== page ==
Exposure: Mark Mahaney

By Gemma Fletcher

As a culture, our preoccupation with targeting the young and the new means that incredible talents can go undiscovered. Mark Mahaney is one of those photographers; he’s been shooting for over ten years but remains relatively under the radar. After graduation, Mark’s work started to garner interest and it wasn’t long before he was picking up awards and accolades such as the PDN 30 and had become a go-to photographer for a handful of magazine photo directors. Around this time, the unpredictable and chaotic events of life took over and while he continued to shoot to provide for his family, he was unable to give his practise the focus it merited.

Like many photographers of his generation, Mahaney doesn’t engage in aggressive self-promotion. Until recently his internet presence was almost non-existent and at 38 he is just finalising his first printed portfolio and kicking off his first significant personal project. He jokes that his path to date has been at odds with, “Essentially every piece of advice people give you about succeeding in this business.”

Nike – Chicago Courts; Top, John John Florence for GQ

While Mahaney wasn’t brand building and chasing new opportunities, his work continued to evolve and a stream of editorial and commercial jobs continued to find him by word of mouth, a true testament to the quality of his storytelling and collaborative approach. Clients have included The New Yorker, California Sunday Magazine, Fader, Vice, Wired, M Le Monde, The New York Times Magazine as well as Nike, Google, Ikea and AirBNB.

He has developed a signature style that resonates with a wide variety of subject matter from celebrity to science. He’s photographed everyone from Al Gore to Del the Funky Homosapien and his portraits feel honest and intimate. “I do my research before a shoot looking for points of connection with my subject,” he says. “Often having these shared experiences make them feel comfortable and create a space for me to explain my intentions and needs for the shoot.”

Del the Funky Homosapien for The New Yorker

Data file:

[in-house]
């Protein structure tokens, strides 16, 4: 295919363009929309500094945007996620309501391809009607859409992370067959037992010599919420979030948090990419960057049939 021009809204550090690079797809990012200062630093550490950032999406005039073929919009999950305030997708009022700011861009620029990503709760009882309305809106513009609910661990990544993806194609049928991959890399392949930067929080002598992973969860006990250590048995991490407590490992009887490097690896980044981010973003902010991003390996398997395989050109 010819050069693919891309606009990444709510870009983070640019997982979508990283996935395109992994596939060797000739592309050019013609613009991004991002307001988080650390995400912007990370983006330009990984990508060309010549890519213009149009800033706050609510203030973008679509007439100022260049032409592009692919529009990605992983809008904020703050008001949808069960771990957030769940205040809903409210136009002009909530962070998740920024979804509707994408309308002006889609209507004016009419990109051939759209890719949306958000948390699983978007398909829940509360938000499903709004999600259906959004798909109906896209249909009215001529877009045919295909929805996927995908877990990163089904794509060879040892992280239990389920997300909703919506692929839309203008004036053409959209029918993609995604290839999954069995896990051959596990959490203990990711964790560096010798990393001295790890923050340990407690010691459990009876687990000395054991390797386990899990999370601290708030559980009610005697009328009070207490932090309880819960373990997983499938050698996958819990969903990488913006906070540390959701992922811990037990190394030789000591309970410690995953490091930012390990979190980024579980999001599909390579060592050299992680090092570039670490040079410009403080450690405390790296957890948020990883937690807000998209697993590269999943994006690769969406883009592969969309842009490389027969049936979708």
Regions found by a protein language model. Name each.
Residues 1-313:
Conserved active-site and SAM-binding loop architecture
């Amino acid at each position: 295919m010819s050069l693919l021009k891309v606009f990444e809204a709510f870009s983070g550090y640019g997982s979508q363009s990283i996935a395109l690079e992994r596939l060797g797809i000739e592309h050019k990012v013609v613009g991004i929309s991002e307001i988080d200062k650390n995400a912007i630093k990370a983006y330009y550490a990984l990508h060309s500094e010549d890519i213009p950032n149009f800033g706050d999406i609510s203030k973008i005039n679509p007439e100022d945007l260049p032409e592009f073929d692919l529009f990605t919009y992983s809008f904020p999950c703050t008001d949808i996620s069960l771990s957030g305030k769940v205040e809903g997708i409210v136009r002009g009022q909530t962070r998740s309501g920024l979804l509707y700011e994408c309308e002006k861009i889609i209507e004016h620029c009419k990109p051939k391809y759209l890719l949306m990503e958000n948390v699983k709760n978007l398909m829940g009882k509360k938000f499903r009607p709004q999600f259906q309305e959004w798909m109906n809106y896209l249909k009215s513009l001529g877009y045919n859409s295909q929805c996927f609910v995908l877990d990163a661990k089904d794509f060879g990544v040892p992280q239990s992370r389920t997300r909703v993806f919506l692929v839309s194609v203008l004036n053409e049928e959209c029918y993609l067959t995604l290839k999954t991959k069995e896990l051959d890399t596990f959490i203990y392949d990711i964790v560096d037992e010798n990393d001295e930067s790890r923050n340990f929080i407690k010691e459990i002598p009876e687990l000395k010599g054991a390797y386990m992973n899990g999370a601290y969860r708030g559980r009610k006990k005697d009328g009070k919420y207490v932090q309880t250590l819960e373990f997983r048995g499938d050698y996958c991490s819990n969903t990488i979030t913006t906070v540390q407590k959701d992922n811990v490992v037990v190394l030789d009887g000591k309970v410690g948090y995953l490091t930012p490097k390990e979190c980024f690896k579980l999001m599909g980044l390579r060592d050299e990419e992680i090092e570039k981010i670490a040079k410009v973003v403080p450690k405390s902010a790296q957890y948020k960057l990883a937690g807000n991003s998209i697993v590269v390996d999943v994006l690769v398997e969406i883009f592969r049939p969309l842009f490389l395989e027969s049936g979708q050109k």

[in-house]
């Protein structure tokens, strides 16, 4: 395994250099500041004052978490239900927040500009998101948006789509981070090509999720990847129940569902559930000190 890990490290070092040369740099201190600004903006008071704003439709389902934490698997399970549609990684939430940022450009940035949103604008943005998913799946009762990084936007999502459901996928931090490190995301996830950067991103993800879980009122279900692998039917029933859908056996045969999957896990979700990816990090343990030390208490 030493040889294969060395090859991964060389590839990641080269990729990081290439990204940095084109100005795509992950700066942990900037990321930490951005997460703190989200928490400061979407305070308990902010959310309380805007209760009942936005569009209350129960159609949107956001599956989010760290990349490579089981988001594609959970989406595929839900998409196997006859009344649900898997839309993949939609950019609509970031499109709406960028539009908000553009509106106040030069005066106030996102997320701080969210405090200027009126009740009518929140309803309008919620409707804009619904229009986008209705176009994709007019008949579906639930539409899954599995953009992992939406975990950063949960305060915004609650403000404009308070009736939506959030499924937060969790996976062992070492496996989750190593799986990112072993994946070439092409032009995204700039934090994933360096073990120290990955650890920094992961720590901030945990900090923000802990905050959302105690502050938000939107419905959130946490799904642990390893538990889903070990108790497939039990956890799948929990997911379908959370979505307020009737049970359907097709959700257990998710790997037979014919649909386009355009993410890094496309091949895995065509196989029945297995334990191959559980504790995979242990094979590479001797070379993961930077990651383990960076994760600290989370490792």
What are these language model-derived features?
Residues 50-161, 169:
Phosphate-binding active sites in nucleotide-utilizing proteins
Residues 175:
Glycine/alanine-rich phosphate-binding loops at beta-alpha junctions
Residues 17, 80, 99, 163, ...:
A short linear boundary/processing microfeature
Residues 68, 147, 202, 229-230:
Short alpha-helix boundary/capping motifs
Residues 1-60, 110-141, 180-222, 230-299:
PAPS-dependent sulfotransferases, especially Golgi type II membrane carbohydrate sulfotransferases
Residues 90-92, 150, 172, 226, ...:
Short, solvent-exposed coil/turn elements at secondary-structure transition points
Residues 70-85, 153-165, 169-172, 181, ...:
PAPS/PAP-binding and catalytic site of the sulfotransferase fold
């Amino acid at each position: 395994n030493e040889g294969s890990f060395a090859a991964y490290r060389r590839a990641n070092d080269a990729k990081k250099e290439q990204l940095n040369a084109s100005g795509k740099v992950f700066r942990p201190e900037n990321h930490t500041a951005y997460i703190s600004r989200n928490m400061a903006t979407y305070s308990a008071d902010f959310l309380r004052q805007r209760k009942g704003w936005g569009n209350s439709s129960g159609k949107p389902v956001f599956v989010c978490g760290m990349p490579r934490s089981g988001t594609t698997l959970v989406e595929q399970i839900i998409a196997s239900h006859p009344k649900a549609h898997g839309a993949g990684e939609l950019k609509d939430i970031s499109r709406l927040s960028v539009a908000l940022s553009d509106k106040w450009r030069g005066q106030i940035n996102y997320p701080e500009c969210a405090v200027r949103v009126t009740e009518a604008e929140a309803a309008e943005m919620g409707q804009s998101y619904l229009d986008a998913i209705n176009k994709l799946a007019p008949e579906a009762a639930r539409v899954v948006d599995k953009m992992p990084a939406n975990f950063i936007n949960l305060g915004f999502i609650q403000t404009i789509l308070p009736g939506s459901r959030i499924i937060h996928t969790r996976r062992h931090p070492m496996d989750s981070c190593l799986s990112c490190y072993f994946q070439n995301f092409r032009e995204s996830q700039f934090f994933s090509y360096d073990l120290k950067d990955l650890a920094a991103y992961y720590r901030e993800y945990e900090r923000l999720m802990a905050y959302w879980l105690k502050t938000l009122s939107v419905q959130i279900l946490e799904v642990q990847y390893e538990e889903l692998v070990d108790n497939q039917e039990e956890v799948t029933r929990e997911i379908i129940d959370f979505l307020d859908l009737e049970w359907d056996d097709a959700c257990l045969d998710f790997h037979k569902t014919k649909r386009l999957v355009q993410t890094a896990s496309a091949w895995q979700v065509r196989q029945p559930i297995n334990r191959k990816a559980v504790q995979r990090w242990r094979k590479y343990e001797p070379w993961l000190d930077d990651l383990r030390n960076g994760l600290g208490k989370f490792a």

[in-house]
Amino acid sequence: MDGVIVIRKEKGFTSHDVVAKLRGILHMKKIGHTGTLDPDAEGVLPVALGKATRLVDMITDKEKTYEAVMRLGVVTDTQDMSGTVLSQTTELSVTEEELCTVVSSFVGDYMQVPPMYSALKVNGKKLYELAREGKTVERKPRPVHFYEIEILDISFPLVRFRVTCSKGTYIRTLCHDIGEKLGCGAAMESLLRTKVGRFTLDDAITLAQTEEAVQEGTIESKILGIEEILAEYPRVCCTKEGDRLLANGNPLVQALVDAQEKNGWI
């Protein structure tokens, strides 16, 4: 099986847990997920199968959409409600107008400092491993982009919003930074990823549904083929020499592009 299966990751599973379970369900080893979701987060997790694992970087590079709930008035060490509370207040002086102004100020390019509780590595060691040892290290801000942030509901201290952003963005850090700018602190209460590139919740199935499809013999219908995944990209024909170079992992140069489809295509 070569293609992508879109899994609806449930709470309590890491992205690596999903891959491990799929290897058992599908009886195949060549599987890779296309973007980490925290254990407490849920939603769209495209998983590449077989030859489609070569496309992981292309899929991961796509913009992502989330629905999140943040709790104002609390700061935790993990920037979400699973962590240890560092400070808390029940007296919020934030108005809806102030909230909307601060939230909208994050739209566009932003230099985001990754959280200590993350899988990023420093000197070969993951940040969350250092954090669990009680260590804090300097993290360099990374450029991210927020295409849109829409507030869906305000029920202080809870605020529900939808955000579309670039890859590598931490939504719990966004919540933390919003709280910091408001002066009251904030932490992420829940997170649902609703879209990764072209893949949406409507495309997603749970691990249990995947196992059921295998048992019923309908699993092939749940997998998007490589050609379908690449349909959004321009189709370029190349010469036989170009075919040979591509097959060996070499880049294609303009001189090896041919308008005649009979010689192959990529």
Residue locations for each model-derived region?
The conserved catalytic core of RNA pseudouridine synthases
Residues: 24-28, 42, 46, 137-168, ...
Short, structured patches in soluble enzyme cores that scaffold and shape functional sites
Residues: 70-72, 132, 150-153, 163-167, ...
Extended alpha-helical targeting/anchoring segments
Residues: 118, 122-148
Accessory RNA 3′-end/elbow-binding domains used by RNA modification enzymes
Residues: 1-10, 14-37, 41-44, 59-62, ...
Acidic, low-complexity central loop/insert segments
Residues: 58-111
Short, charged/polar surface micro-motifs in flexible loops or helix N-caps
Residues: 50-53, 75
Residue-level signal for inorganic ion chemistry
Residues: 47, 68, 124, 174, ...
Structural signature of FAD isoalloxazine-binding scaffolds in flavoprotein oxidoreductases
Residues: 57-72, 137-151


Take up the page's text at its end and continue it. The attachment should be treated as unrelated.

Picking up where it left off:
Del the Funky Homosapien for The New Yorker

His visual language is informed by a library of screengrabs drawing inspiration from a wide range of sources from sketches by Da Vinci, Michelangelo and John Williams Waterhouse to paintings by Balthus. He’s not referencing artists per se, but interested more in body language and pose. This really comes to the forefront in his story on Rene Redzepi (chef at the Noma restaurant) for The California Sunday Magazine. Mahaney blends his intimate and emotional style with the tableaux feel of a renaissance painting perfectly capturing the force of energy and stress in the Noma test kitchen. Much of his work explores themes that speak to craft, determination and focus.

Mahaney feels his approach is a combination of “Intuition and precise planning”. There is an almost forensic sense of rigour and attention to detail from his research through to his editing and postproduction. He starts with key images that form the skeleton, and then builds the rest of the story around these, creating an active narrative allowing the viewer to build connections between objects and environments. Small everyday details reveal a deeper exploration of a subject, heightening the experience of the work. Stand out projects include Sisters of the Valley, an exquisite portrayal of a highly specialised and devout collective of women posing as nuns (although they have no religious affiliation) dedicated to cultivating cannabis tinctures and oils for the ill and The Last Mile, a program at San Quentin State Prison that teaches inmates the skills needed for tech related employment after they are released. Both works offer a proposition for transformation politics and social change, themes in which Mahaney is particularly interested.

Sisters of the Valley
Sisters of the Valley

In the last couple of years, Mahaney’s work has started to feel more soulful; marked by an almost otherworldly beauty. In his recent profile on surfer John John Florence and a feature on Adaption Ecology he is starting to draw connections between enchantment and nature while retaining his graphic and considered sensibility. The work feels looser and more confident bringing richness to his overall approach.

There is no tidy way to live and, after a challenging decade, Mahaney is now back in full force with a deeper appreciation of his medium and a renewed passion to explore new ideas and build new collaborations.

The Last Mile, San Quentin Prison

markmahaney.com, @mahaney_mark; gemfletcher.com, @gemfletcher

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